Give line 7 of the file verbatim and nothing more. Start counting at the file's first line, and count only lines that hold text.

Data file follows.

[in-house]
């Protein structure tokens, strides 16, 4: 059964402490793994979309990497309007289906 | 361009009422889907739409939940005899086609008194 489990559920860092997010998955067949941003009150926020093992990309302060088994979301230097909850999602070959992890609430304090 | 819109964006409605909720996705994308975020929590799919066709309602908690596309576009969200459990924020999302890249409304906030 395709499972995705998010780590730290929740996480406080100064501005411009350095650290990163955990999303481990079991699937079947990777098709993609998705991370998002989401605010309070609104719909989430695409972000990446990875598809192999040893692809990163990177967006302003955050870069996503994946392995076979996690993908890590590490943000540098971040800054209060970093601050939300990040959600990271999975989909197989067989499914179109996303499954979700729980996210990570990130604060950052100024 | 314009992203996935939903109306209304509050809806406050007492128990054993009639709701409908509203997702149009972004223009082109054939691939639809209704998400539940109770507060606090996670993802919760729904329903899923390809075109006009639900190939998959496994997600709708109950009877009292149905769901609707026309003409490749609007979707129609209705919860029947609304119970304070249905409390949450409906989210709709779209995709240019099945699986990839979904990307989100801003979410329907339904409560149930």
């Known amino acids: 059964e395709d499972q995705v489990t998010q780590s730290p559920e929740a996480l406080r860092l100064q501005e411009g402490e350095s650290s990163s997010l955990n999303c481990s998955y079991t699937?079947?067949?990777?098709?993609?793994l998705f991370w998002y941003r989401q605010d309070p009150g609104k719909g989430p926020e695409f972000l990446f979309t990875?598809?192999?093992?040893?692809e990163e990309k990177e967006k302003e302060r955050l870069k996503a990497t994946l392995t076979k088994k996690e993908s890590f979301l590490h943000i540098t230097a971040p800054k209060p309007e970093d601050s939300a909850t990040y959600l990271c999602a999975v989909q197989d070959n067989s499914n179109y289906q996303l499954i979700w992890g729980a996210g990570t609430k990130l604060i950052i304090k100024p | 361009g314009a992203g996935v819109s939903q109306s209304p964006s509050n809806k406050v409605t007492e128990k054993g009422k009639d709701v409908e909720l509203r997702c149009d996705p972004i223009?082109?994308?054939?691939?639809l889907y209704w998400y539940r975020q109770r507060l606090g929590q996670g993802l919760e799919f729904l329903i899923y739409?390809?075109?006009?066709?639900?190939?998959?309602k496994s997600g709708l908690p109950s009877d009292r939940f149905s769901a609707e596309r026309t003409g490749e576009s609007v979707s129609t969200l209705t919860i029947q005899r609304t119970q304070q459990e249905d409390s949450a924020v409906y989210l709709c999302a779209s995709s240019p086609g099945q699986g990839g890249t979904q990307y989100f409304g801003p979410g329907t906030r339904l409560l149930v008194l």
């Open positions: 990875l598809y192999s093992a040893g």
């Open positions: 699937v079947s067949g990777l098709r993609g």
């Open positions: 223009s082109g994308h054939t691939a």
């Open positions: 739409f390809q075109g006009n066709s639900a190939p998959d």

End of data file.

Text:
């Open positions: 739409f390809q075109g006009n066709s639900a190939p998959d």